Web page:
Of course, the page is on the internet so people plagiarize me. When I stumble onto them, I ask the page owner to remove the text. I have “Copyright Colin Purrington” on all my pages, plus verbiage asking people to not steal my stuff, so most plagiarizers comply pretty quickly.

Still, some drag their feet a bit when I issue take-down requests. Some say, “But I rather like your content on my site, and I’d prefer to keep it without attribution.” Another favorite is, “But I’m a teacher and plagiarizing is protected under Fair Use!” (I’m not making this up.) These instances are really annoying, of course, but thankfully rare.

But this week I got the ultimate response, from The Consortium for Plant Biotechnology Research, Inc. in Georgia (I’ll paraphrase): “No, we won’t comply…and instead we will accuse you of plagiarizing us.” In case you don’t know about CPBR, it is an entity that receives millions of dollars each year from the Department of Energy, the Department of Agriculture, and the Environmental Protection Agency. Then it gives the money to worthy researchers in the form of grants. Part of the granting process involves applicants making posters and presenting them in D.C., hence their need for a section in their application document for how to craft an effective scientific poster — if you happen to have a copy, it’s Appendix 5. The 2 1/2 pages of tips in that section might seem oddly familiar if you’ve ever been on my site (approximately 90-95% similarity…and trust me, it’s not by chance). You won’t be able to easily find a copy of the document on the internet because they have, in red, at the top “Do not post on the internet.” But there are copies on the internet if you look carefully, and I did.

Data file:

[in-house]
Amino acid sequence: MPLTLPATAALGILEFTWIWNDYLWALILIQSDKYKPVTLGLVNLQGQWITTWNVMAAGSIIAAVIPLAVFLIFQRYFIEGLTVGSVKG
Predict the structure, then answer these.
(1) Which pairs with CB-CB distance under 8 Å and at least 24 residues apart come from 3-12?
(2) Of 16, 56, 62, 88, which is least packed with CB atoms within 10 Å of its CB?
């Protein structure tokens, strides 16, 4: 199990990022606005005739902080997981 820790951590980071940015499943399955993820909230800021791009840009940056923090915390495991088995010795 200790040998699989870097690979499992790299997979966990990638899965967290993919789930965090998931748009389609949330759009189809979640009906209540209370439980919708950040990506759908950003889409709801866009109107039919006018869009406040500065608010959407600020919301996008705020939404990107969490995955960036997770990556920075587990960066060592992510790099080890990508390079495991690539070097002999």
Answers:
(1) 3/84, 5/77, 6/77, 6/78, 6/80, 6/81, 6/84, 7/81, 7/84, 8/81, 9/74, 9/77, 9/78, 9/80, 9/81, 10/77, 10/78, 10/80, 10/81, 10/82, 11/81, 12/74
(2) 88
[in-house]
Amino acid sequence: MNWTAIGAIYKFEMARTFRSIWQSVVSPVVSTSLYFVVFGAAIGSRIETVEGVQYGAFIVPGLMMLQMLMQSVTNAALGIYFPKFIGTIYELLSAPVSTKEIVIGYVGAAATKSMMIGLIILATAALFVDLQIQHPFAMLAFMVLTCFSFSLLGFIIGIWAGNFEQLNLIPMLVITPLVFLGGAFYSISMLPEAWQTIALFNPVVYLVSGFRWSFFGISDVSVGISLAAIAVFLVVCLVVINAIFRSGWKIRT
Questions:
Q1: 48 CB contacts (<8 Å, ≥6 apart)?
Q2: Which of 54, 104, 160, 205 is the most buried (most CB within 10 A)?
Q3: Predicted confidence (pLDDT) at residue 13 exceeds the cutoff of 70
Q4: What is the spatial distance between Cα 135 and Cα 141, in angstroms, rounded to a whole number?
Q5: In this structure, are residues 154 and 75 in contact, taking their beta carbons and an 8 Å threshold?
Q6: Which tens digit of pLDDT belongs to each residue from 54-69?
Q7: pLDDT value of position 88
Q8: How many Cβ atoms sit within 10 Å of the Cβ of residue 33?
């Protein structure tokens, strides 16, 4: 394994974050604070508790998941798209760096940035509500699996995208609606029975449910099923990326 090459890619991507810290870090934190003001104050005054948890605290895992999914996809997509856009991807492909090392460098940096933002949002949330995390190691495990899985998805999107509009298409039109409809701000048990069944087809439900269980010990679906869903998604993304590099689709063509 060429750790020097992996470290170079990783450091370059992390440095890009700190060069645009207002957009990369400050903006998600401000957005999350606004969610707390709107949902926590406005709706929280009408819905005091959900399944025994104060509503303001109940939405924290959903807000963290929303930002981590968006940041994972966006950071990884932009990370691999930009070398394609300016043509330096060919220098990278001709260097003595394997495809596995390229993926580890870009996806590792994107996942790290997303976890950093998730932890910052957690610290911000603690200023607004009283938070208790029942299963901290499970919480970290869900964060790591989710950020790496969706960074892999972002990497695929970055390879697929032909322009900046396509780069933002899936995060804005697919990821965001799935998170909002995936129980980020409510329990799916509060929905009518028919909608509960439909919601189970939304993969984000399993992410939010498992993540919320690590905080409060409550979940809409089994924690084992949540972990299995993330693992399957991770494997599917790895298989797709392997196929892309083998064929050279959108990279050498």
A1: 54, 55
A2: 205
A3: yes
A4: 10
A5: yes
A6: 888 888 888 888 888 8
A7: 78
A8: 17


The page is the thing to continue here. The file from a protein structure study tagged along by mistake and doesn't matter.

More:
The CPBR’s response wasn’t just an email, either, it was massive package from a fancy lawyer in a fancy suit at a fancy law firm (Arnold and Porter) demanding I take down my page, forever, or face accruing $150,000 in damages plus litigation fees. It probably cost $5,000 just to craft that document. The lawyer’s suit cost probably cost even more.

Anyway, if you have any thoughts on how I should respond to this, please send me an email via the Contact button.

Personally, I’d like (1) a check from them that fully covers my legal costs, (2) a written apology from the CEO that is posted on their home page for 1 year, (3) a message emailed to all past proposal applicants and research directors stating that Appendix 5 was plagiarized from my site, and (4) an all-expense paid trip to St Simons Island, Georgia for me and my family, to compensate us for the pain and suffering that their bullying has caused. And about that last one — we better end up having a damn good time on St Simons Island. No poison in the soup, or anything like that! Or maybe (5) $150,000 in damages, for each of the years that they infringed upon my copyright?? Oh, and (6) it goes without saying that they can never, ever use my material in the future…so if you are on their mailing list and get the next announcement, please send me a copy if you see my text in Appendix 5 again (I’ll send you cookies if you’re the first!). Finally, (8) I think it would be good to have the plagiarizer fired — that amount of plagiarizing in college would get you expelled for a semester, and is equally inexcusable in the private sector…there should be consequences.

Please share this post with others so that The Consortium of Plant Biotechnology Research (Inc) gets all the press they truly deserve. If you are a reporter and are interested in even more details, contact me, maybe?

Screen shot of The Consortium for Plant Biotechnology Research, Inc.
Screen shot of The Consortium for Plant Biotechnology Research, Inc. Dorin Schumacher is the CEO.

By the way, if you’re bored and happen to have a copy of the document, I encourage you to search for the phrase, “intellectual property.” In the most recent version of the document, it’s present 28 times. I think that’s hilarious. Intellectual property is important because many of the proposals funded by CPBR relate to highly secret biotech projects involving member companies (Monsanto, Dupont, etc.). The irony here is too strong to spell out fully. The screen would just crack.